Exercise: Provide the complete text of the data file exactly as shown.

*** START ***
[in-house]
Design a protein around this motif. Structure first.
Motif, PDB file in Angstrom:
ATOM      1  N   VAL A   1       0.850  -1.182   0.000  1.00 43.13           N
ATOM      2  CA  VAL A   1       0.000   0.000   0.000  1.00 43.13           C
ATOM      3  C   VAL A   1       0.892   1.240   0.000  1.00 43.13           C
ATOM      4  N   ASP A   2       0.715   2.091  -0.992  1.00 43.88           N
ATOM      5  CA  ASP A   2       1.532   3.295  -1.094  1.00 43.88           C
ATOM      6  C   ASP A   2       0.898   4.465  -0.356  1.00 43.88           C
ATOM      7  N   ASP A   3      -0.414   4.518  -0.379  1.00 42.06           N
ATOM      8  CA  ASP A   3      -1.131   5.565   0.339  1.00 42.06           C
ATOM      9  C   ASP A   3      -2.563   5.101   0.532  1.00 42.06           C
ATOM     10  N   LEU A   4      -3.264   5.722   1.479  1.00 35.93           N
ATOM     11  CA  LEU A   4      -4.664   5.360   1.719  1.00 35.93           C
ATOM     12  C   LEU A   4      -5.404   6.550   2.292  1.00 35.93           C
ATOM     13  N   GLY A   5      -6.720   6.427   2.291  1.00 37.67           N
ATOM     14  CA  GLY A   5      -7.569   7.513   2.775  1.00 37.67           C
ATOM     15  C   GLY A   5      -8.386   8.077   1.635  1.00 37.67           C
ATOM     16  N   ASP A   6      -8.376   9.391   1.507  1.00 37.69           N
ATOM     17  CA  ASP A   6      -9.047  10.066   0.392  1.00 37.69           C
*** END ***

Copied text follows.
[in-house]
Design a protein around this motif. Structure first.
Motif, PDB file in Angstrom:
ATOM      1  N   VAL A   1       0.850  -1.182   0.000  1.00 43.13           N
ATOM      2  CA  VAL A   1       0.000   0.000   0.000  1.00 43.13           C
ATOM      3  C   VAL A   1       0.892   1.240   0.000  1.00 43.13           C
ATOM      4  N   ASP A   2       0.715   2.091  -0.992  1.00 43.88           N
ATOM      5  CA  ASP A   2       1.532   3.295  -1.094  1.00 43.88           C
ATOM      6  C   ASP A   2       0.898   4.465  -0.356  1.00 43.88           C
ATOM      7  N   ASP A   3      -0.414   4.518  -0.379  1.00 42.06           N
ATOM      8  CA  ASP A   3      -1.131   5.565   0.339  1.00 42.06           C
ATOM      9  C   ASP A   3      -2.563   5.101   0.532  1.00 42.06           C
ATOM     10  N   LEU A   4      -3.264   5.722   1.479  1.00 35.93           N
ATOM     11  CA  LEU A   4      -4.664   5.360   1.719  1.00 35.93           C
ATOM     12  C   LEU A   4      -5.404   6.550   2.292  1.00 35.93           C
ATOM     13  N   GLY A   5      -6.720   6.427   2.291  1.00 37.67           N
ATOM     14  CA  GLY A   5      -7.569   7.513   2.775  1.00 37.67           C
ATOM     15  C   GLY A   5      -8.386   8.077   1.635  1.00 37.67           C
ATOM     16  N   ASP A   6      -8.376   9.391   1.507  1.00 37.69           N
ATOM     17  CA  ASP A   6      -9.047  10.066   0.392  1.00 37.69           C